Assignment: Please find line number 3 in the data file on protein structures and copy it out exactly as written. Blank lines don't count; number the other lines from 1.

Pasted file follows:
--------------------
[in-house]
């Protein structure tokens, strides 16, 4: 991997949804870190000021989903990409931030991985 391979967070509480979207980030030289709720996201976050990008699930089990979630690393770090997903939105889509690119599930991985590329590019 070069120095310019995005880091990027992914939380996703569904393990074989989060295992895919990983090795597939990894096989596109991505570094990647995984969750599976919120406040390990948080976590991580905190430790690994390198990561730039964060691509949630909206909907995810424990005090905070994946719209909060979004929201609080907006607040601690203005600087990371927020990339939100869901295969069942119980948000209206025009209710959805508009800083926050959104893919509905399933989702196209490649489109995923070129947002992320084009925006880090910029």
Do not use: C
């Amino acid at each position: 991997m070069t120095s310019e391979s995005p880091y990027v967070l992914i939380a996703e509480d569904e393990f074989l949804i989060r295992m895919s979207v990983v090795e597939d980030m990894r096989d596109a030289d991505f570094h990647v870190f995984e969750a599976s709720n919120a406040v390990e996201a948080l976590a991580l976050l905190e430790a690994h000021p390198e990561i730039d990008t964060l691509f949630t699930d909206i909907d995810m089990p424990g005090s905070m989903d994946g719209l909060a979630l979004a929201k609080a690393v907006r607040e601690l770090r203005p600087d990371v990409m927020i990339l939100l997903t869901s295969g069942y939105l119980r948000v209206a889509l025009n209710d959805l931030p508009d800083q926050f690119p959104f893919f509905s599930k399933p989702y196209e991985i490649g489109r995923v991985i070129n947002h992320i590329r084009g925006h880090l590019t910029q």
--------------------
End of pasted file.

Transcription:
Do not use: C